Darlington, SC Airliner and Bomber Collide, July 1945
THREE ARE KILLED IN MIDAIR CRASH.
AIRLINER AND BOMBER HIT, PILOT IS HERO.
SAVES ALL BUT ONE OF HIS COMMERCIAL PASSENGERS, IN SKILLFUL EMERGENCY LANDING. TWO AIRMEN LOSE LIVES.
Three persons were killed in the mid-air collision of an Eastern Airlines transport and a plane based at the Florence Army Air Field several miles from Darlington at approximately 2:45 o'clock yesterday afternoon.
Two of the three dead were military personnel in the army plane while the other, a baby, was aboard the liner which was brought down in a magnificent manner by its pilot, thus saving the lives of 17 passengers and three crew members.
Five passengers were injured and admitted to The McLeod Infirmary where the condition of only one was described as critical. MRS. A. E. WILLIAMS of New York City and Miami, Florida, was reported by hospital attaches to have been desperately injured. She received a serious head injury, a fractured arm and is suffering from shock.
Her two-year-old son was killed, having died shortly after arriving at the hospital.
The two soldiers killed were listed by Col. JAMES R. GUNN, JR., commanding officer of the Florence Army Air Field as:
Cpl. ROBERT B. CLAPP, whose wife, MRS. RUBY B. CLAPP lives at 1705 Euclid street, Oklahoma City, Oklahoma.
Cpl. RALEIGH B. ALLBAUGH, JR., whose mother, MRS. ALTA D. ALLBAUGH, lives at 3606 North Broadway street, Oklahoma City, Oklahoma.
In addition to MRS. WILLIAMS, the following are patients at the infirmary:
MRS. ANNIE LEE MOORE WALKER of Alexandria, Va., and Columbia.
MR. and MRS. MAXINE SILBERG ASPARATE, Caracas, Venezuela.
MISS GERTRUDE LUSTIG, New York City.
It was reported by an official that only one passenger, a woman, became hysterical. Most of the others were calm and collected. They all had high praise of the pilot G. D. DAVIS, who made the miraculous landing. As one person expressed it, "Pilot DAVIS was individually responsible for saving our lives."
FRANK GAY of the Eastern Airlines Columbia office and DEXTER MARTIN, state aeronautics commission director, arrived at the scene of the crash shortly after it occurred.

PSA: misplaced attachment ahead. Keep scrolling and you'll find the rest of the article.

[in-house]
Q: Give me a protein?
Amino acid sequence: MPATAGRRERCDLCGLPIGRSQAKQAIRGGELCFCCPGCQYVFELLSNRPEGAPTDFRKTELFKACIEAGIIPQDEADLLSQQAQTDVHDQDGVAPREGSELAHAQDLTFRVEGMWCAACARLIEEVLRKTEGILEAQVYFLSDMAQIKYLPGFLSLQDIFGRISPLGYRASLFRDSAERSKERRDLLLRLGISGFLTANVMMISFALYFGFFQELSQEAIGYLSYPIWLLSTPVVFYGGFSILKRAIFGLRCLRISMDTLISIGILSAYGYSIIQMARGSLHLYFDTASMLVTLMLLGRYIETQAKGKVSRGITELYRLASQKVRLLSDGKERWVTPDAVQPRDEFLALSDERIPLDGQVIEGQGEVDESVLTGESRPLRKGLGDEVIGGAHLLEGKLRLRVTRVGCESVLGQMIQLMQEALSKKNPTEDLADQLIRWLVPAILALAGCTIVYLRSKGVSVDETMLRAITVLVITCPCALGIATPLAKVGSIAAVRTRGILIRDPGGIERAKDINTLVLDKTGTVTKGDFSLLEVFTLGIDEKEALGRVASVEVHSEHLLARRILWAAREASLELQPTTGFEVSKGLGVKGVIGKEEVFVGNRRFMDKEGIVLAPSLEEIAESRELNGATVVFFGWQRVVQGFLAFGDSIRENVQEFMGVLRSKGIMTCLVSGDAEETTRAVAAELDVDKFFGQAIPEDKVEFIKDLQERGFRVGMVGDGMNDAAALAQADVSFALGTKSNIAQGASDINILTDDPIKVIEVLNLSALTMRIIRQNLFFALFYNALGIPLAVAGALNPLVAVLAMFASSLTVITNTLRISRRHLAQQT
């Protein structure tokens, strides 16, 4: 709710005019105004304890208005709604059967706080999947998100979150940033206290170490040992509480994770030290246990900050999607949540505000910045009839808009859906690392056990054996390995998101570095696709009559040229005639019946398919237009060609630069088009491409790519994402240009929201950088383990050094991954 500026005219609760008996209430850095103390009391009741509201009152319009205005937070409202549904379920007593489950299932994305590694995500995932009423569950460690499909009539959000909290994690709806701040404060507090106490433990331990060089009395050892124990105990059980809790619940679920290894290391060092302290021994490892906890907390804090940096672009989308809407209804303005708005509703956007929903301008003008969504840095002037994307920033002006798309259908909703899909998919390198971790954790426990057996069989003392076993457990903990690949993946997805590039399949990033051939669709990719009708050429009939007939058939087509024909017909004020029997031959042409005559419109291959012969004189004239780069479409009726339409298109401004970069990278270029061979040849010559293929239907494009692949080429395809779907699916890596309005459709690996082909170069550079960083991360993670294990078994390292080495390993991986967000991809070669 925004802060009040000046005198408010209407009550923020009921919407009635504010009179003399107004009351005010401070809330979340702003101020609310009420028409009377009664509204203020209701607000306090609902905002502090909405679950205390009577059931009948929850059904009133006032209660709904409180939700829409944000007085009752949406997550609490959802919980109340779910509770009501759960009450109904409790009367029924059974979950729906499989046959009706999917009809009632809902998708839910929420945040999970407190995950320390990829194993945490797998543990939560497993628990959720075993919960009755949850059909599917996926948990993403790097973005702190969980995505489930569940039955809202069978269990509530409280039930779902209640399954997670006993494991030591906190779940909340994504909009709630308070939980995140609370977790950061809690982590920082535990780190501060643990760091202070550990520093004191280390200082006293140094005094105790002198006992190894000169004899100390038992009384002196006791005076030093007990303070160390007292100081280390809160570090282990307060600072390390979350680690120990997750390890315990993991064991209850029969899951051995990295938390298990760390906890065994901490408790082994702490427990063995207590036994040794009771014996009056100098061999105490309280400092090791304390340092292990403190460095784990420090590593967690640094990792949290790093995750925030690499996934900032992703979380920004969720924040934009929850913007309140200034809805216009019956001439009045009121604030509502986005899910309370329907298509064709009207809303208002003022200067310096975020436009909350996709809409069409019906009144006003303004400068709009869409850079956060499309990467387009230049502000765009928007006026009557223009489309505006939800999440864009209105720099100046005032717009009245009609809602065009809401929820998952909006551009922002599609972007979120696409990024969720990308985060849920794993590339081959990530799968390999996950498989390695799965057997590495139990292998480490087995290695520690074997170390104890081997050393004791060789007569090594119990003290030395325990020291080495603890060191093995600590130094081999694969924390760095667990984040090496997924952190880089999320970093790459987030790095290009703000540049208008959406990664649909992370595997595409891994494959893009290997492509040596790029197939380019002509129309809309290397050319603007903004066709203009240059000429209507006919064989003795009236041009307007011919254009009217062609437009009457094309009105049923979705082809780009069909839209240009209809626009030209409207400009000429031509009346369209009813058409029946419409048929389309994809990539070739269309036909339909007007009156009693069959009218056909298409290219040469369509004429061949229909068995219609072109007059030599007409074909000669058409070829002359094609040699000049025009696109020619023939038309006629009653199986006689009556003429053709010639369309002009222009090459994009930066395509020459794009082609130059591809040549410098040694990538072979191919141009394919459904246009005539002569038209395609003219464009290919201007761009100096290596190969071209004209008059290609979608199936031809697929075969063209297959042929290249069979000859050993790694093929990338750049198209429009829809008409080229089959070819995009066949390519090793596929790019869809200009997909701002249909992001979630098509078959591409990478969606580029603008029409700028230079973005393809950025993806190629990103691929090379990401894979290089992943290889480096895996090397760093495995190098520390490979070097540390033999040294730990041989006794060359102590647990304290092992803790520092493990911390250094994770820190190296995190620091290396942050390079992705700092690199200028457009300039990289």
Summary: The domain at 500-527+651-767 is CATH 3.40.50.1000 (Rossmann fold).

A relief plane arrived from Miami and carried most of the passengers to Miami late in the night. It was reported.
FRED PERRITT, of Darlington, was among the hundreds from Darlington who rushed to the scene of the accident. He said that the Army plane was near Syracuse while the airliner came to a standstill three miles away.
FRANK McKAIN of Florence was an eyewitness of the crash. He said that the impact did not cause a very loud noise.
The Public Relations office of the Florence Army Air Field issued the following statement:
"An Eastern Airlines DC-3, bound for Miami from Washington miraculously escaped destruction at 2:45 this p.m., when its senior pilot, G. D. DAVIS, of Miami, brought his crippled ship in for a safe landing after a mid-air collision with a twin-motored military craft. There were three fatalities, two of them military personnel, but except fot the masterful handling of his plane by Pilot DAVIS, it is almost certain that the 17 passengers and three crew members of the airliner would also have perished."
"Until the next of kin have been notified names of the casualties have been withheld."
"The accident occurred approximately 10 miles west of Darlington, S. C., in the community of Syracuse. From eyewitness accounts, including testimony by MR. DAVIS, and N. L. MARTINDALE co-pilot of the airliner, the two planes collided when in flight at an altitude of approximately 3,000 feet with the airlienr[sic] letting down preparatory to a landing at Columbia, South Carolina."
"MR. DAVIS said that neither he nor his co-pilot saw the bomber until just before the mid-air crash. Passengers of the plane, also, failed to see the ship. In the collision, the left engine of the airliner was torn off, and the fuselage was badly cut, just aft of the pilot's cockpit."
"Despite this damage to his plane, DAVIS maintained full flight control and brought the ship in for an emergency landing. The bomber, according to witness accounts, plunged to the earth, with only one of three occupants parachuting to safety. Although not seriously injured the one member of the bomber who parachuted was unable to be questioned this evening."
"One occupant of the airliner died some time after the accident, as a result of injuries suffered when the planes collided, but with this single exception, none of the occupants of the plane was seriously hurt."
"Col. JAMES R. GUNN, JR., Commanding Officer at Florence Army Air Field, authorized the statement that the military plane involved had taken off from the Florence base on a combat training mission. An immediate investigation by qualified officers has been initiated to determine the cause for the crash."
Passengers not hurt were listed as follows:
MRS. W. H. WALKER, Miami.
MRS. JAMES BULLOWA and Baby, New York.
J. LUBELLE, Henrietta, N. Y.
MRS. CARMEN PACHEO, New York.
ENOUCH MATHER, Miami.
Lt. A. L. STURM, Norfolk, Va.
W. K. GRIFFITH, Washington.
MRS. WM. VANHORN, Syracuse.
Lt. and MRS. A. C. ULNER, Washington.
KENNETH DURDEN, Washington.
W. I. BINNING, Washington.
J. HERTSBERG, New York.
Florence Morning News South Carolina 1945-07-13